8: Enjoy the ride, finally.
As I mentioned above, my fourth year has been the most enjoyable yet. This is the time where I could finally prioritize my work through my proposal and data collection. The reason I applied for my PhD was to pursue this research, and it finally became a reality this year. Dreaming and refining the plans in the proposal was exciting. But actually carrying it out in my data collection feels like a gift. After facing so many barriers to get to this point, I had to remind myself to sit back and finally enjoy the ride (at least until the next set of hurdles up ahead).
9: Give back, if and when you have the capacity
One thing that helped me so much in my first two years was the generosity of upper-year students. Whether this was through meeting with me one-on-one, or sharing drafts of work, these acts of kindness made learning much easier and also much more enjoyable. If you feel you have the capacity and are in an upper-year, don’t forget to give back to those students just starting off in their journey. We are all in this together.
10. Continue to live your life
And finally, don’t let your PhD get in the way of your living your life. Is getting pregnant during my PhD the straightforward route? Definitely not. But I am not getting any younger, and I want to start a family. Of course, this is going to come with its own set of challenges, but when does a PhD not? Continue to pursue your goals and dreams outside of your work as well. These aspects are more interwind than we think.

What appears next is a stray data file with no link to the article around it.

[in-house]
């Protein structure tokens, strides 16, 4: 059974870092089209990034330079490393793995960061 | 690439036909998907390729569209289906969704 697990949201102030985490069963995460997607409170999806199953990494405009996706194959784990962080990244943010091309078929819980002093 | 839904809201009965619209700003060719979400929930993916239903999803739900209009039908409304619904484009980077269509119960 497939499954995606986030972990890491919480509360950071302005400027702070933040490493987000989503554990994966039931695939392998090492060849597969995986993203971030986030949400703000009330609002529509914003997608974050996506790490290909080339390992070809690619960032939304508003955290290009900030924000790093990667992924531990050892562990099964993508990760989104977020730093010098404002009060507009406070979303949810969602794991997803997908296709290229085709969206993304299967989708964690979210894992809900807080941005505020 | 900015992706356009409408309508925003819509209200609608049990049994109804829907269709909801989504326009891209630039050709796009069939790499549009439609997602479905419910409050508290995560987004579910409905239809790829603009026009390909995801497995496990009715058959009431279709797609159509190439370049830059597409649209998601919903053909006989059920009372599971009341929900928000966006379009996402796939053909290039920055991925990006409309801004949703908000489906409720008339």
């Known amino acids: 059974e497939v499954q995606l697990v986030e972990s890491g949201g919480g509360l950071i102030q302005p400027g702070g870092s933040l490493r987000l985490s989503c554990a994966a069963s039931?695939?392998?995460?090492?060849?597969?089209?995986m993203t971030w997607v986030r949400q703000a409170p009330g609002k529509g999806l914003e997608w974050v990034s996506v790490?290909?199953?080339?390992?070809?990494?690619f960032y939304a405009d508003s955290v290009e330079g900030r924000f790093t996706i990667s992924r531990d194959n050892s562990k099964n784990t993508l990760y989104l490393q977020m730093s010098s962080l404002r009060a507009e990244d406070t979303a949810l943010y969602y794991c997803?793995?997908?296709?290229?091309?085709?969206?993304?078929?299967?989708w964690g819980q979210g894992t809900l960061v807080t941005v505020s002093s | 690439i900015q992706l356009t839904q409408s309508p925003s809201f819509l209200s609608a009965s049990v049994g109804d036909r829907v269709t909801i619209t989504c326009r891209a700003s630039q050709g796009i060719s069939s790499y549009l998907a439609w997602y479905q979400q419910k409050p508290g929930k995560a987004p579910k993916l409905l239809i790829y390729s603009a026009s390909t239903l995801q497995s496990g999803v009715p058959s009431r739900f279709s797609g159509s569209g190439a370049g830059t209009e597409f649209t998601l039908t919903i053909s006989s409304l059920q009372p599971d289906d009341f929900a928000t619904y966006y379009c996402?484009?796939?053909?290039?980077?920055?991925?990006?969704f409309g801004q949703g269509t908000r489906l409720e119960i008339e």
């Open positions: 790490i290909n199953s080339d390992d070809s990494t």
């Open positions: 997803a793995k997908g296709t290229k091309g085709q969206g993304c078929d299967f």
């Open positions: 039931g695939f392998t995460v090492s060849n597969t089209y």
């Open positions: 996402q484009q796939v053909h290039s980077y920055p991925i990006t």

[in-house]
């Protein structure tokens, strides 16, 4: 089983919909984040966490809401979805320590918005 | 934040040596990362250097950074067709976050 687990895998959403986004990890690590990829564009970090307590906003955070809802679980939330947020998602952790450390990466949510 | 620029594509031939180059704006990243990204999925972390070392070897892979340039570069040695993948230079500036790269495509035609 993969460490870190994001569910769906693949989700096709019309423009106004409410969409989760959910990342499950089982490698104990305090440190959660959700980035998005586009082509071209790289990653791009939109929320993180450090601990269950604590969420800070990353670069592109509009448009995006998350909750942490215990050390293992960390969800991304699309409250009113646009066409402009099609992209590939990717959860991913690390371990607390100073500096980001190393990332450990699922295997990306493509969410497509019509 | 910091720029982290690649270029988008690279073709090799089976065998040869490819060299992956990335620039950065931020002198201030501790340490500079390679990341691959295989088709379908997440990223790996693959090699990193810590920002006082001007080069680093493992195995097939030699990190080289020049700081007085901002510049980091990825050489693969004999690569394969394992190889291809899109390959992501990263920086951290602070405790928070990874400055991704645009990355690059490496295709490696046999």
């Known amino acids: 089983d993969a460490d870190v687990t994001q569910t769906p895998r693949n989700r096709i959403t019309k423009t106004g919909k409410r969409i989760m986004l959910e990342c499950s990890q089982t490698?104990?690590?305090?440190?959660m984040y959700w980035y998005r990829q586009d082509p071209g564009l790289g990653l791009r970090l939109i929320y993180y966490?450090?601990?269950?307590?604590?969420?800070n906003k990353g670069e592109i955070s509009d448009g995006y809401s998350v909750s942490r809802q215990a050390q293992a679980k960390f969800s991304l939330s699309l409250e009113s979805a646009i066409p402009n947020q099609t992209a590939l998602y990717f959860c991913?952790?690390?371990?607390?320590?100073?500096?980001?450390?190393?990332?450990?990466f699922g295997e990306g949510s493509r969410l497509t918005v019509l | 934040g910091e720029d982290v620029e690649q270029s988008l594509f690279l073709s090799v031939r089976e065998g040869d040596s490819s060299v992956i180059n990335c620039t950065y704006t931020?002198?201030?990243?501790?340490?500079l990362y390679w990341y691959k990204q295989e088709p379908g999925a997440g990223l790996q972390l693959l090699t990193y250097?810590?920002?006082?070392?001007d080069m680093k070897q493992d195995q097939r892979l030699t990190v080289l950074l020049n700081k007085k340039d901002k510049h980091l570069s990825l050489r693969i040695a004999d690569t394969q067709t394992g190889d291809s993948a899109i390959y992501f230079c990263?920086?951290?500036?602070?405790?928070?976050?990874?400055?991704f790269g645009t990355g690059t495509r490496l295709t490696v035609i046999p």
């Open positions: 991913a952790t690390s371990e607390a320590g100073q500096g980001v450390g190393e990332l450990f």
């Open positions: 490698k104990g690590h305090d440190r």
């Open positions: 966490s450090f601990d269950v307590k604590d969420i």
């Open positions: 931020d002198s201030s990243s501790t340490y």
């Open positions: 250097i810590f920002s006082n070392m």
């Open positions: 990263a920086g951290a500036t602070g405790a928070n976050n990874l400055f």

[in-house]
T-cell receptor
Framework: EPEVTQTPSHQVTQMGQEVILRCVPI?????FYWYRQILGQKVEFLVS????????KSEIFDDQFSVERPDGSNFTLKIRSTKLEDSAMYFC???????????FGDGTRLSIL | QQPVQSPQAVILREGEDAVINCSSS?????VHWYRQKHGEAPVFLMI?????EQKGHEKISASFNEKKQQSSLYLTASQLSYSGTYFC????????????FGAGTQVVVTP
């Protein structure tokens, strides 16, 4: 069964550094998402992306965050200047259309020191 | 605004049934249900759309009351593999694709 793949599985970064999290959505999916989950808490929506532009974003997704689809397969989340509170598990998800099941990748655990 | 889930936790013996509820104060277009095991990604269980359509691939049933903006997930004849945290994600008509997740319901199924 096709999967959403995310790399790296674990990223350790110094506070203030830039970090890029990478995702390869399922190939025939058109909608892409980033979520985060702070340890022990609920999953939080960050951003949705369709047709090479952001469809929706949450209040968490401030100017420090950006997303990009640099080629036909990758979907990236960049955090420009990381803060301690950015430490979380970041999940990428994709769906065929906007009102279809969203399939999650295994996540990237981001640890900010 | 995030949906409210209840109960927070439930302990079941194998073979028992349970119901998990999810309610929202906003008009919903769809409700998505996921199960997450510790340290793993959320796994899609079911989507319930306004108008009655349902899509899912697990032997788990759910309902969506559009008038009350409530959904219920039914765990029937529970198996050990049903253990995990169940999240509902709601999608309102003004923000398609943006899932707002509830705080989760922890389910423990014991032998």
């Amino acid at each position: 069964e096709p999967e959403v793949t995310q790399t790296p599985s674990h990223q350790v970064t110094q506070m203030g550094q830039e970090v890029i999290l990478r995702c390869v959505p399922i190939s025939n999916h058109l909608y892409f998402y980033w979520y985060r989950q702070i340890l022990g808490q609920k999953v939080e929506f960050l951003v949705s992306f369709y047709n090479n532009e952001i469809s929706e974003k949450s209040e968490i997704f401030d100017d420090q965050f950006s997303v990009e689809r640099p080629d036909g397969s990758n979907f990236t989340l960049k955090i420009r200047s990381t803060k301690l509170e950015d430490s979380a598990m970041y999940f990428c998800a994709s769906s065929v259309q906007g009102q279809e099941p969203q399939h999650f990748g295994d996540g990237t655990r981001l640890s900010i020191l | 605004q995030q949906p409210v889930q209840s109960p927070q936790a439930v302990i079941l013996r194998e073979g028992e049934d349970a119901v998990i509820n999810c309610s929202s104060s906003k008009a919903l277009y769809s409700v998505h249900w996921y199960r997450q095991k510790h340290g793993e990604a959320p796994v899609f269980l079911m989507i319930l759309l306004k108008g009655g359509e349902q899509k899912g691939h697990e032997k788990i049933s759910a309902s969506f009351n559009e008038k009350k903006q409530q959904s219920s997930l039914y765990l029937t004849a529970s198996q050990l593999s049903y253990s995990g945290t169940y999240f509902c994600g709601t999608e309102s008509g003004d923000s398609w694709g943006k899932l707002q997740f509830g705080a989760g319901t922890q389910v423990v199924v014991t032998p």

I would love to hear your reflections from your 4th year below.
Were there any similar to mine?
Until next time,
P.S Don’t forget to use #ScholarCulture #ScholarSquad to keep me updated on your experiences as grad students.
P.P.S Applying to grad school for the 2021/22 school year? Check out this FREE eBook on 5 steps to a successful grad school application. Are you in grad school and struggling to find easy lunches to bring to campus? Check out three FREE recipes and full nutritional information here.